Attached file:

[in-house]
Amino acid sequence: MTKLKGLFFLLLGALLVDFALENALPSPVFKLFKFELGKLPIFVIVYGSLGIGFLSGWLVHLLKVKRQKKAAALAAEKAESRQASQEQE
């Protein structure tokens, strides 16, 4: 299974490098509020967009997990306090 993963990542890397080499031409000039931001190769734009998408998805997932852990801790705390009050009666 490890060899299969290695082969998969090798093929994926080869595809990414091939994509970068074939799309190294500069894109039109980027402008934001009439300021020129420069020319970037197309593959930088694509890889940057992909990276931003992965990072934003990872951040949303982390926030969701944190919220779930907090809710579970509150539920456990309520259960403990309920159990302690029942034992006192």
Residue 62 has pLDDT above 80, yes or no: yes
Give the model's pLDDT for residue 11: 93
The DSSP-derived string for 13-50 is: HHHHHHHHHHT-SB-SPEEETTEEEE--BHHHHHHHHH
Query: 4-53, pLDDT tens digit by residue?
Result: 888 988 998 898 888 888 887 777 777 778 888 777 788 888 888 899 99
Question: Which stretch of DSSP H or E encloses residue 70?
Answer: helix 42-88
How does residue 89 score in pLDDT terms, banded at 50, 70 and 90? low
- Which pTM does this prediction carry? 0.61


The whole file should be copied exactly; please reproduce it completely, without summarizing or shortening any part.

[in-house]
Amino acid sequence: MTKLKGLFFLLLGALLVDFALENALPSPVFKLFKFELGKLPIFVIVYGSLGIGFLSGWLVHLLKVKRQKKAAALAAEKAESRQASQEQE
């Protein structure tokens, strides 16, 4: 299974490098509020967009997990306090 993963990542890397080499031409000039931001190769734009998408998805997932852990801790705390009050009666 490890060899299969290695082969998969090798093929994926080869595809990414091939994509970068074939799309190294500069894109039109980027402008934001009439300021020129420069020319970037197309593959930088694509890889940057992909990276931003992965990072934003990872951040949303982390926030969701944190919220779930907090809710579970509150539920456990309520259960403990309920159990302690029942034992006192």
Residue 62 has pLDDT above 80, yes or no: yes
Give the model's pLDDT for residue 11: 93
The DSSP-derived string for 13-50 is: HHHHHHHHHHT-SB-SPEEETTEEEE--BHHHHHHHHH
Query: 4-53, pLDDT tens digit by residue?
Result: 888 988 998 898 888 888 887 777 777 778 888 777 788 888 888 899 99
Question: Which stretch of DSSP H or E encloses residue 70?
Answer: helix 42-88
How does residue 89 score in pLDDT terms, banded at 50, 70 and 90? low
- Which pTM does this prediction carry? 0.61